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Sisters in Sin


  • 11 b/w illus.
  • Page extent: 280 pages
  • Size: 229 x 152 mm
  • Weight: 0.42 kg
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 (ISBN-13: 9780521105132)

  • Also available in Hardback
  • Published March 2009

Manufactured on demand: supplied direct from the printer

$37.99 (C)

The prostitute, and her sister in sin - the so-called 'fallen' woman - were veritable obsessions of American Progressive Era culture. Their cumulative presence, in scores of controversial theatrical productions, demonstrates the repeated obsession with the prostitute figure in both highbrow and lowbrow entertainments. As the first extended examination of such dramas during the Progressive Era, Sisters in Sin recovers a slice of theatre history in demonstrating that the prostitute was central to American realist theatre. Such plays about prostitutes were so popular that they constituted a forgotten genre - the brothel play. The brothel drama's stunning success reveals much about early twentieth-century American anxieties about sexuality, contagion, eugenics, women's rights and urbanization. Introducing previously unexamined archival documents and unpublished play scripts, this original study argues that the body of the prostitute was a corporeal site upon which modernist desires and cultural imperatives were mapped.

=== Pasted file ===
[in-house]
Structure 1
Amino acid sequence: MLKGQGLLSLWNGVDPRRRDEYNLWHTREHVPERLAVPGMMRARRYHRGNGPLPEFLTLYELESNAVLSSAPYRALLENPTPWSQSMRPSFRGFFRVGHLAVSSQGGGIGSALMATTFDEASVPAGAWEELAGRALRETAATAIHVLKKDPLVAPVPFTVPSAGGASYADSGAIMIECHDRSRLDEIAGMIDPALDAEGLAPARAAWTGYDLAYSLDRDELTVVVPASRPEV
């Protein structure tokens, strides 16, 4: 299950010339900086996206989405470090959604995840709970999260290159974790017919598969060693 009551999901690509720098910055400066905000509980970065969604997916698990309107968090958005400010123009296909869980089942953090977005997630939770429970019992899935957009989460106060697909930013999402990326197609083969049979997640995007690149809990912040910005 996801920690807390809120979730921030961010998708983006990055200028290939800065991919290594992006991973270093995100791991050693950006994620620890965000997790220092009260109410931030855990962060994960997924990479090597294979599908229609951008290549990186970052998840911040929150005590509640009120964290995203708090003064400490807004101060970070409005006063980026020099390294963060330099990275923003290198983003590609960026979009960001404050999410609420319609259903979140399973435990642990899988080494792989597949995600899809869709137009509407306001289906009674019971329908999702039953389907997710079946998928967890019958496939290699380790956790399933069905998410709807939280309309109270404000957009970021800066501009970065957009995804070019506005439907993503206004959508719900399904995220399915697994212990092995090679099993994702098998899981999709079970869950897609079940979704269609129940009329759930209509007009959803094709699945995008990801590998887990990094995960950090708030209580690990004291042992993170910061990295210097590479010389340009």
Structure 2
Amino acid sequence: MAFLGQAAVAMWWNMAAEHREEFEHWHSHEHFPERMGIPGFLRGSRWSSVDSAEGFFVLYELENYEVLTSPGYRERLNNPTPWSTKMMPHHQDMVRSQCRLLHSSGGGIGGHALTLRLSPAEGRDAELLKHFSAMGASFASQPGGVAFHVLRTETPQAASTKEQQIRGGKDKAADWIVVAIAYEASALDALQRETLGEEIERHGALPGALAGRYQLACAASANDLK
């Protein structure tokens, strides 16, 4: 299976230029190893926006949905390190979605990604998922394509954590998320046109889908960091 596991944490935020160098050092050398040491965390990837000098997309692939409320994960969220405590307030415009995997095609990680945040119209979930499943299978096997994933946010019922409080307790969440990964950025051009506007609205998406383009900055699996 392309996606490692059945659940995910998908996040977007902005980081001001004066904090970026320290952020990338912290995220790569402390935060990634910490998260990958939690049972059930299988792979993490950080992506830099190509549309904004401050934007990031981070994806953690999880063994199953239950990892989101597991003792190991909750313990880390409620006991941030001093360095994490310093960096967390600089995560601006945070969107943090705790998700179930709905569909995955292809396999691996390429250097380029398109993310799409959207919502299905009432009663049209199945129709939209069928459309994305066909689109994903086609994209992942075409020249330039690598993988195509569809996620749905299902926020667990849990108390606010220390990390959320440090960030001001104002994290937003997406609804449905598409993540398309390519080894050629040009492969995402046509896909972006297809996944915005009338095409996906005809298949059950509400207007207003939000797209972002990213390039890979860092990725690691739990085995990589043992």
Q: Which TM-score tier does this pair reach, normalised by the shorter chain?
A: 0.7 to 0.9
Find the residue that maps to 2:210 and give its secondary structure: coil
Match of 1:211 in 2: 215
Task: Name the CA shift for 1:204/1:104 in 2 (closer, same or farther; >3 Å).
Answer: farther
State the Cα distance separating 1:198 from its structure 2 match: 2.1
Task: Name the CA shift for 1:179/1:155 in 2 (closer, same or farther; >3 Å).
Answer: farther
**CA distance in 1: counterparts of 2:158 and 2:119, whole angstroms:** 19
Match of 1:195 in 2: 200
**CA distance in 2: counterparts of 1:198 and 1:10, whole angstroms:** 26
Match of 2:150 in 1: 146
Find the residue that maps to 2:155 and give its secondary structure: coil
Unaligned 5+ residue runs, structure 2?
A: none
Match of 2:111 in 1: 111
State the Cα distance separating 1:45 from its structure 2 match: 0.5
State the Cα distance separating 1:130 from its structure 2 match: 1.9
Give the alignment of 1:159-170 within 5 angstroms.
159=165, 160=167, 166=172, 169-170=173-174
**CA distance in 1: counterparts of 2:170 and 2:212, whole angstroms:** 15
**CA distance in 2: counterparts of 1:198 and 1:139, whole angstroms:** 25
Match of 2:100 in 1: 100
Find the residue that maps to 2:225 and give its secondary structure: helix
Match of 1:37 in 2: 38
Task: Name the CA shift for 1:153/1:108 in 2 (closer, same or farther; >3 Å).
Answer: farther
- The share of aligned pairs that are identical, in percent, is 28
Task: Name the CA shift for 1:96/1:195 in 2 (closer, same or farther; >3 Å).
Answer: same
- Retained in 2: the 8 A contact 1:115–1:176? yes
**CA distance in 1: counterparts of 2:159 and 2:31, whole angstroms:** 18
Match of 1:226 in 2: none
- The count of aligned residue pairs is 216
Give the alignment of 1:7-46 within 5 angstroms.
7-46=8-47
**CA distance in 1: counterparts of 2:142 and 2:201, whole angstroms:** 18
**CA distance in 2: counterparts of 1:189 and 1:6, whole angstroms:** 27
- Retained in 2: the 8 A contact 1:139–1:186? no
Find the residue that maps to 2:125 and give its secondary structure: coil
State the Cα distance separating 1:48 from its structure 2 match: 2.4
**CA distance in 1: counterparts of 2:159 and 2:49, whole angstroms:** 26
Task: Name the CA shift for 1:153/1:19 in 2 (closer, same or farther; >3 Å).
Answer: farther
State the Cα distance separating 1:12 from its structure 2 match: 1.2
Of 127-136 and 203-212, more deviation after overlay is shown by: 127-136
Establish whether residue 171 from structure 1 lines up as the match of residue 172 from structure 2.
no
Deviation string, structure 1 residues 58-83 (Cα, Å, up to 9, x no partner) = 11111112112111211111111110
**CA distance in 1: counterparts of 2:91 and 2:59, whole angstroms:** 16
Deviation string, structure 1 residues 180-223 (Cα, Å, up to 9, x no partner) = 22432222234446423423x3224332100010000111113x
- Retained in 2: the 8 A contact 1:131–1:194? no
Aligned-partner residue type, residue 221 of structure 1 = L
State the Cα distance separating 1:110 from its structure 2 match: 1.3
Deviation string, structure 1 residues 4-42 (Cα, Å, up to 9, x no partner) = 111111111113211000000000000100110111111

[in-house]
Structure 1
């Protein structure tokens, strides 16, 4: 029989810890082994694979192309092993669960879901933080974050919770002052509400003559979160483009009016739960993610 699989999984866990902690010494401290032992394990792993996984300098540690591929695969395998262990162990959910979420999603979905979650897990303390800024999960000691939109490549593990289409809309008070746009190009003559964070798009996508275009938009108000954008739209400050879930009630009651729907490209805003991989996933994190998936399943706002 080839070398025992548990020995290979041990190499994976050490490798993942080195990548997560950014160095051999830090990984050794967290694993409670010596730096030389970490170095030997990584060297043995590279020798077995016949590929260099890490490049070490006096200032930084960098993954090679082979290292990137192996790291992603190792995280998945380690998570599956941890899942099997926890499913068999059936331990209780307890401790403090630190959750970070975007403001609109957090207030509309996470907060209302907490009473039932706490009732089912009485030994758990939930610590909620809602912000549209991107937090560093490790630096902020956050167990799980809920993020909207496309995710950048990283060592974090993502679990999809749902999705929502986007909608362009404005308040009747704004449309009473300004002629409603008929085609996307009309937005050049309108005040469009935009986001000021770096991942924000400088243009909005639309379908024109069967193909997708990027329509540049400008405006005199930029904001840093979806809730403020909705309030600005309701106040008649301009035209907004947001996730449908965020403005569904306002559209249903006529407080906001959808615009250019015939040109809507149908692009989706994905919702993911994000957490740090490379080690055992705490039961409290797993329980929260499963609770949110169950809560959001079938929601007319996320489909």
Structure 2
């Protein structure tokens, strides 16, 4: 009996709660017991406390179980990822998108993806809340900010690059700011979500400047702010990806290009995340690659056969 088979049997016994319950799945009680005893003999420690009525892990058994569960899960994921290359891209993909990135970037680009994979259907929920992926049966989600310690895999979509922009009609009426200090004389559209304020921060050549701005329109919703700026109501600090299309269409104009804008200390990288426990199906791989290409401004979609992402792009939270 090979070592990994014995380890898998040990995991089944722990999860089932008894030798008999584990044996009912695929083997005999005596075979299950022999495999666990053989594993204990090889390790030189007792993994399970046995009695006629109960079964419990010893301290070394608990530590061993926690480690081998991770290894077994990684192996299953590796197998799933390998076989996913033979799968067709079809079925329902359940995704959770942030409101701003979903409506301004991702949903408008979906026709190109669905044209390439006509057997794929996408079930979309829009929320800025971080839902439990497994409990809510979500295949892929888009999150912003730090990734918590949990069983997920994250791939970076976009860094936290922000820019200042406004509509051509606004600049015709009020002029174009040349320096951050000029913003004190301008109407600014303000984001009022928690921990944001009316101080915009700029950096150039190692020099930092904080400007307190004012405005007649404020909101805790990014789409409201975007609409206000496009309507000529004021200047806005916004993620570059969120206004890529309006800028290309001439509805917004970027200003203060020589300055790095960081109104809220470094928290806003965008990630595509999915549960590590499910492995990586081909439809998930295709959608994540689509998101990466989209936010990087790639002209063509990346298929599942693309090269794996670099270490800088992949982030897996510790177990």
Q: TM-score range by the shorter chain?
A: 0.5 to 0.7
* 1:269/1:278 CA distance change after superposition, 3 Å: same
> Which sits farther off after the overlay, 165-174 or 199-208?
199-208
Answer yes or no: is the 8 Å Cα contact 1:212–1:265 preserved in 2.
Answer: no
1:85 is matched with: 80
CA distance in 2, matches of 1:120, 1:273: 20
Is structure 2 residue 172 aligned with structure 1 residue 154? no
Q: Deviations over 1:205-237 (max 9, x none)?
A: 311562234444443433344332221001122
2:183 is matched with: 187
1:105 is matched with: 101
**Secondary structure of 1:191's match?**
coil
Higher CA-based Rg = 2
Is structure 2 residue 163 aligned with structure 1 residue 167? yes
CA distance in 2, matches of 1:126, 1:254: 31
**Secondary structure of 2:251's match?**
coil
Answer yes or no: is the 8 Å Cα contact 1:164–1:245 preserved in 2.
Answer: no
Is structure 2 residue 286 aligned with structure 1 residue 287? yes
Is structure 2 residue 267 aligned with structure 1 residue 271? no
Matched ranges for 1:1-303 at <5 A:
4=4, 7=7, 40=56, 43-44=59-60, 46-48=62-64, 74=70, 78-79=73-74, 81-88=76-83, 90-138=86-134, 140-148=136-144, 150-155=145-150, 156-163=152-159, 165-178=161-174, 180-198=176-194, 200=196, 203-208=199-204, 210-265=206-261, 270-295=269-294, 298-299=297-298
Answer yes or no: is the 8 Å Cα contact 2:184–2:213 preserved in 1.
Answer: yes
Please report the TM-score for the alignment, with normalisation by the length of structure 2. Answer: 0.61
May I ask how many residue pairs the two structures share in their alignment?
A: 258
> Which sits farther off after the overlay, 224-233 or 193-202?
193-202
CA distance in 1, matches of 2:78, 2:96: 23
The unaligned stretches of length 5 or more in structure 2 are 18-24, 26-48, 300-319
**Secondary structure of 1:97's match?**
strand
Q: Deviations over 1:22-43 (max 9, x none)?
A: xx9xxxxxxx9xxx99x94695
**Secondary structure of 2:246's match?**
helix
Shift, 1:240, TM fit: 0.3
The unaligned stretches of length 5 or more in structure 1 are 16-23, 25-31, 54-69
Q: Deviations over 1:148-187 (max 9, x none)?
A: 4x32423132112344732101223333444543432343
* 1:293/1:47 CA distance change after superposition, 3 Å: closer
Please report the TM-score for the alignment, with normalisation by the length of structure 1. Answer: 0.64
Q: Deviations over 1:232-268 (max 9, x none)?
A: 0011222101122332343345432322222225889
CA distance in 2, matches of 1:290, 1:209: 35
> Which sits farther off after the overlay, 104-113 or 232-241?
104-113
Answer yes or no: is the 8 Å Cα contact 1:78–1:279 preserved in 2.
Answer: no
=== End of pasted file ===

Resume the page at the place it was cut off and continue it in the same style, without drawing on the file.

Introduction: The Brothel Drama; Part I. The Female Performer as Prostitute: 1. Zaza: that 'obtruding harlot' of the stage; 2. That 'sin-stained' Sapho; 3. The Easiest Way and the actress-as-whore myth; Part II. Working Girls: 4. The shop girl: working girl dramas; 5. The girl shop: Mrs Warren's Profession; Part III. Opium Dens and Urban Brothels: Staging the White Slave: 6. White slave plays in progressive American theatre; 7. Brothel anyone? Laundering the 1913–14 white slave season; Part IV. The Legitimation and Decline of the Brothel Drama: 8. Damaged Goods: sex hysteria and the Prostitute Fatale; 9. The repentant courtesan in Anna Christie and the lesbian prostitute in The God of Vengeance.


"Those interested in the formative years of American realism will find the book most useful and a very good read...Essential." -- Choice

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